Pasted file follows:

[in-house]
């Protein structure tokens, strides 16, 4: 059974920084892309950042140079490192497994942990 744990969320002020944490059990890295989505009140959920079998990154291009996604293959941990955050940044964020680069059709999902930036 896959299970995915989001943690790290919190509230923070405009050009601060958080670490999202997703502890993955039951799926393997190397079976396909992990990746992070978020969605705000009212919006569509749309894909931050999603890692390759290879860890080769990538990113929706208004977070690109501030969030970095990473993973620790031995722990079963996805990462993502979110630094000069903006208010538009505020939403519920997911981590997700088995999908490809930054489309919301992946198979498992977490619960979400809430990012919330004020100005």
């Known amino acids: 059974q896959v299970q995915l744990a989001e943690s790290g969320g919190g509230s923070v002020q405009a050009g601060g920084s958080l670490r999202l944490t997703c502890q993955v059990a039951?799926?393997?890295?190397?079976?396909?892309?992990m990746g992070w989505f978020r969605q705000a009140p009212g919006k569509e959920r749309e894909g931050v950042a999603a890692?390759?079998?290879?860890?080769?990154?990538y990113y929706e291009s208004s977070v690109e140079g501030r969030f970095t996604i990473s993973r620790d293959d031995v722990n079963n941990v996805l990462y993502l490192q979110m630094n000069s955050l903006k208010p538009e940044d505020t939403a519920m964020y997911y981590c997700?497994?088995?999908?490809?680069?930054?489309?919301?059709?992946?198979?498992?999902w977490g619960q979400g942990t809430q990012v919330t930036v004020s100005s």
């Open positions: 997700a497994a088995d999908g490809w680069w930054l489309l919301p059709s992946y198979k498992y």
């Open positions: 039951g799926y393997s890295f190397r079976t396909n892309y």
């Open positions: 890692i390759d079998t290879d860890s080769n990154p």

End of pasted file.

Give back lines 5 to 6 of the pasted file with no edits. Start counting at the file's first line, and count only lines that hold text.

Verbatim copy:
């Open positions: 039951g799926y393997s890295f190397r079976t396909n892309y």
């Open positions: 890692i390759d079998t290879d860890s080769n990154p």